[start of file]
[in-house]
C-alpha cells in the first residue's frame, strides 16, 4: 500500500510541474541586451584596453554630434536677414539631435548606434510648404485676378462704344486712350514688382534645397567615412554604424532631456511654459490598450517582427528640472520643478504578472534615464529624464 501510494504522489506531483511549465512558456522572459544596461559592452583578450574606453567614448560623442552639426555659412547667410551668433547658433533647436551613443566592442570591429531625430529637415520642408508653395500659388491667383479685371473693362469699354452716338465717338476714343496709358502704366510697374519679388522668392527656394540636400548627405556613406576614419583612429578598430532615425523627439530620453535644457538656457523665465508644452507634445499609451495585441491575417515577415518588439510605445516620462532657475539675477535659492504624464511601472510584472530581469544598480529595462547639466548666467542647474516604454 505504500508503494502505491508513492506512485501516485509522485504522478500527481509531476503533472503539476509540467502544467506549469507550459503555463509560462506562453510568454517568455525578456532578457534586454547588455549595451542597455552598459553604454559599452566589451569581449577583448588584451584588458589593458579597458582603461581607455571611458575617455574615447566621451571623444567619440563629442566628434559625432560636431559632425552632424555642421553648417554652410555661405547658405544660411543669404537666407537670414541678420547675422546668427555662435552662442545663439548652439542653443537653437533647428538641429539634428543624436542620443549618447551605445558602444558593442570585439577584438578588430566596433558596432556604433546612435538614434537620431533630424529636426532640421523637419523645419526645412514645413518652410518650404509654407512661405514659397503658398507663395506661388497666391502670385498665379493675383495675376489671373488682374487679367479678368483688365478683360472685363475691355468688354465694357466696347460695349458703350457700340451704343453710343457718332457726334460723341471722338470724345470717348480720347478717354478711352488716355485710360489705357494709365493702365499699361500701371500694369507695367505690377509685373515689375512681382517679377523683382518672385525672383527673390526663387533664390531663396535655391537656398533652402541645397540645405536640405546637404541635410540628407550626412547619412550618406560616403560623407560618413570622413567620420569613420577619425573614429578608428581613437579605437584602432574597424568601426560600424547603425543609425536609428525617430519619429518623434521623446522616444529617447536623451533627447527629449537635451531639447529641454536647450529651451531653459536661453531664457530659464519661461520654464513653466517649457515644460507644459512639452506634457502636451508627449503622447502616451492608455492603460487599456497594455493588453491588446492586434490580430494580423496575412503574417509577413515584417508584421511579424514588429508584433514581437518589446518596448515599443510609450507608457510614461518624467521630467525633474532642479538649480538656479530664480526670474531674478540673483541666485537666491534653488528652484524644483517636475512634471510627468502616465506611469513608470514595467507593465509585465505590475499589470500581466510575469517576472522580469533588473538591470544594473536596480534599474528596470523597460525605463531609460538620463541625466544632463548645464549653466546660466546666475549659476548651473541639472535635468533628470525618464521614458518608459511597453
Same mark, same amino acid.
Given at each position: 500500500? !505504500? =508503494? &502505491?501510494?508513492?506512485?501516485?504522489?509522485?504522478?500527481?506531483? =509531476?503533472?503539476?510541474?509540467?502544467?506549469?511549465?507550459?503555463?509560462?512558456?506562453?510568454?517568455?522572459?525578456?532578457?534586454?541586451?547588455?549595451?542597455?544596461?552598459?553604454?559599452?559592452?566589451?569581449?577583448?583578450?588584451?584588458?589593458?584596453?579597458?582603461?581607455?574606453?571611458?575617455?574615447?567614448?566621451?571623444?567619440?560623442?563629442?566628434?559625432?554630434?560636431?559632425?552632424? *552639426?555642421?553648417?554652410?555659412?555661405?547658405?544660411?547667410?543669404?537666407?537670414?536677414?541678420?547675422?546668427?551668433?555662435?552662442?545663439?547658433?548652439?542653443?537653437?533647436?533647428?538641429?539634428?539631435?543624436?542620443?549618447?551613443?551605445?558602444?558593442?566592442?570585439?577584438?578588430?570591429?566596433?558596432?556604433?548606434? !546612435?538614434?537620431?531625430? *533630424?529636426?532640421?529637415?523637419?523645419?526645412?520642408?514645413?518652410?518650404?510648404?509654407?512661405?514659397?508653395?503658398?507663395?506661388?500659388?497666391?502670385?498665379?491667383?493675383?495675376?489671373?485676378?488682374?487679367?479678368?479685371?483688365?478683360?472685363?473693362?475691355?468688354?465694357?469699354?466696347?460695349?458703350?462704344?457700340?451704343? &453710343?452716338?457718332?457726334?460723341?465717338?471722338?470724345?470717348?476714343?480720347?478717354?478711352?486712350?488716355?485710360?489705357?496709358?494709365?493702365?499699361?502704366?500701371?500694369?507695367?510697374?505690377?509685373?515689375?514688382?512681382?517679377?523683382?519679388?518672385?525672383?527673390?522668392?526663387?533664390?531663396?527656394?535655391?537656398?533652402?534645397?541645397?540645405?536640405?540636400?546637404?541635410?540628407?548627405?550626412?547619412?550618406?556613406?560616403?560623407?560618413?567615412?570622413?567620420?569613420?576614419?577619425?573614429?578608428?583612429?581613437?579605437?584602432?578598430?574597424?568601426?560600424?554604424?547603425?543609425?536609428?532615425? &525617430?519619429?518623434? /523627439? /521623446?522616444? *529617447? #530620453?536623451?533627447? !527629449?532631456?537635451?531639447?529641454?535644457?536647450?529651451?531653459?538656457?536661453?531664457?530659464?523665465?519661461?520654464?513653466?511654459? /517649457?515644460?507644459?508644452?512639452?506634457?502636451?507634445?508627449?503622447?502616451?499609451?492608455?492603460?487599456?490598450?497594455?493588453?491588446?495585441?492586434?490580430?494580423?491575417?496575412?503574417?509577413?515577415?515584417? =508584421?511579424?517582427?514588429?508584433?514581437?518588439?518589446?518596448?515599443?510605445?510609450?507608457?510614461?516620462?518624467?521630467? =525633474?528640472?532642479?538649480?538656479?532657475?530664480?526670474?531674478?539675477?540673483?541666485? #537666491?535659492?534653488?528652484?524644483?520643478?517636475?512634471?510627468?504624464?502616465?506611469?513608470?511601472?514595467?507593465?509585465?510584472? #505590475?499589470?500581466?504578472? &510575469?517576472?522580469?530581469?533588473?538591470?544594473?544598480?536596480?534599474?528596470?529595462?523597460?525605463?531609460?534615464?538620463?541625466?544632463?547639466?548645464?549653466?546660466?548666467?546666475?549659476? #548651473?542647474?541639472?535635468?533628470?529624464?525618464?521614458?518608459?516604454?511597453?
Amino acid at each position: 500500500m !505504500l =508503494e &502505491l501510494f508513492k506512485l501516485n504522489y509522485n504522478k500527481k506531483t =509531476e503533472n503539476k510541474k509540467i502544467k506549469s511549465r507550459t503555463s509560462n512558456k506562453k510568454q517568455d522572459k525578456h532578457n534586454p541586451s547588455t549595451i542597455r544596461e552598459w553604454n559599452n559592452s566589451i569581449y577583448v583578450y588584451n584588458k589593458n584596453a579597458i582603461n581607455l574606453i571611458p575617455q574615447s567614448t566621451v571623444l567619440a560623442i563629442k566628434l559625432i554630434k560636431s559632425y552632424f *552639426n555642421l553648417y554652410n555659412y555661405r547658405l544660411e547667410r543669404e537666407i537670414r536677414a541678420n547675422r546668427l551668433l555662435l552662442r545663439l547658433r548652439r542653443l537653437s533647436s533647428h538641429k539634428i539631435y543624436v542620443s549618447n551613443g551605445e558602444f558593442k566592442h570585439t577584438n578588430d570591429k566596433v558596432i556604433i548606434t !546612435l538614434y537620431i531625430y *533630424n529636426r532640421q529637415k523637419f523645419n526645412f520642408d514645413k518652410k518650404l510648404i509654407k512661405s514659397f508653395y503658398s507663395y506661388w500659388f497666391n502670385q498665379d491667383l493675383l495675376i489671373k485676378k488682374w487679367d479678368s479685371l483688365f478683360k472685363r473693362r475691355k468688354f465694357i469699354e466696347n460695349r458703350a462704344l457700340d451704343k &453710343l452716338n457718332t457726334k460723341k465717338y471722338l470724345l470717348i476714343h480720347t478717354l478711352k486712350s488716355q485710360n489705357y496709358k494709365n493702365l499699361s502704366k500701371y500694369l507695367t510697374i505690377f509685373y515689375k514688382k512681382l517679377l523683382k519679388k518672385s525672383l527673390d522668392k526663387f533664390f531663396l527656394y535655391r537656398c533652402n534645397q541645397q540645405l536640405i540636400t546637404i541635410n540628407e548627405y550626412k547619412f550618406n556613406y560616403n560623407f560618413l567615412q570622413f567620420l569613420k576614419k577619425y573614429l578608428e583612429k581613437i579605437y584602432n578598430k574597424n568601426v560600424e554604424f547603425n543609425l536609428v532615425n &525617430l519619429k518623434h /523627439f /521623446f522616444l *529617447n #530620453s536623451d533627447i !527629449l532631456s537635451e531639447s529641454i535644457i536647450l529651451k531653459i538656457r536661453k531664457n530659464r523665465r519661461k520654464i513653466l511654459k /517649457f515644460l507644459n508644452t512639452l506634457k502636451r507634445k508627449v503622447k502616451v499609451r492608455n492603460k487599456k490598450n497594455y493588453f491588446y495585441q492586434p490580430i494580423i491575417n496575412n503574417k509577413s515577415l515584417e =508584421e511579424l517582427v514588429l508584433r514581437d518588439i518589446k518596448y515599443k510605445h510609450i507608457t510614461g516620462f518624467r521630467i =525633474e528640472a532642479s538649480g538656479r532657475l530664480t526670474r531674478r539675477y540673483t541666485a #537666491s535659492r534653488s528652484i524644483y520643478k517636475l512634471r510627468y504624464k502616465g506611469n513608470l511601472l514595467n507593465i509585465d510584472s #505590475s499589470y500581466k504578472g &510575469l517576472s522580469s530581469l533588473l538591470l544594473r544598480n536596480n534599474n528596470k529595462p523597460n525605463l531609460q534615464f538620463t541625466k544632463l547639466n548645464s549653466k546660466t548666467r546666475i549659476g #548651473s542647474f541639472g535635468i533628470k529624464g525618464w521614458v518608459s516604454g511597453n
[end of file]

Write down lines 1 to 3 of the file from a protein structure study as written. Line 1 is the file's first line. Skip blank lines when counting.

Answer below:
[in-house]
C-alpha cells in the first residue's frame, strides 16, 4: 500500500510541474541586451584596453554630434536677414539631435548606434510648404485676378462704344486712350514688382534645397567615412554604424532631456511654459490598450517582427528640472520643478504578472534615464529624464 501510494504522489506531483511549465512558456522572459544596461559592452583578450574606453567614448560623442552639426555659412547667410551668433547658433533647436551613443566592442570591429531625430529637415520642408508653395500659388491667383479685371473693362469699354452716338465717338476714343496709358502704366510697374519679388522668392527656394540636400548627405556613406576614419583612429578598430532615425523627439530620453535644457538656457523665465508644452507634445499609451495585441491575417515577415518588439510605445516620462532657475539675477535659492504624464511601472510584472530581469544598480529595462547639466548666467542647474516604454 505504500508503494502505491508513492506512485501516485509522485504522478500527481509531476503533472503539476509540467502544467506549469507550459503555463509560462506562453510568454517568455525578456532578457534586454547588455549595451542597455552598459553604454559599452566589451569581449577583448588584451584588458589593458579597458582603461581607455571611458575617455574615447566621451571623444567619440563629442566628434559625432560636431559632425552632424555642421553648417554652410555661405547658405544660411543669404537666407537670414541678420547675422546668427555662435552662442545663439548652439542653443537653437533647428538641429539634428543624436542620443549618447551605445558602444558593442570585439577584438578588430566596433558596432556604433546612435538614434537620431533630424529636426532640421523637419523645419526645412514645413518652410518650404509654407512661405514659397503658398507663395506661388497666391502670385498665379493675383495675376489671373488682374487679367479678368483688365478683360472685363475691355468688354465694357466696347460695349458703350457700340451704343453710343457718332457726334460723341471722338470724345470717348480720347478717354478711352488716355485710360489705357494709365493702365499699361500701371500694369507695367505690377509685373515689375512681382517679377523683382518672385525672383527673390526663387533664390531663396535655391537656398533652402541645397540645405536640405546637404541635410540628407550626412547619412550618406560616403560623407560618413570622413567620420569613420577619425573614429578608428581613437579605437584602432574597424568601426560600424547603425543609425536609428525617430519619429518623434521623446522616444529617447536623451533627447527629449537635451531639447529641454536647450529651451531653459536661453531664457530659464519661461520654464513653466517649457515644460507644459512639452506634457502636451508627449503622447502616451492608455492603460487599456497594455493588453491588446492586434490580430494580423496575412503574417509577413515584417508584421511579424514588429508584433514581437518589446518596448515599443510609450507608457510614461518624467521630467525633474532642479538649480538656479530664480526670474531674478540673483541666485537666491534653488528652484524644483517636475512634471510627468502616465506611469513608470514595467507593465509585465505590475499589470500581466510575469517576472522580469533588473538591470544594473536596480534599474528596470523597460525605463531609460538620463541625466544632463548645464549653466546660466546666475549659476548651473541639472535635468533628470525618464521614458518608459511597453
Same mark, same amino acid.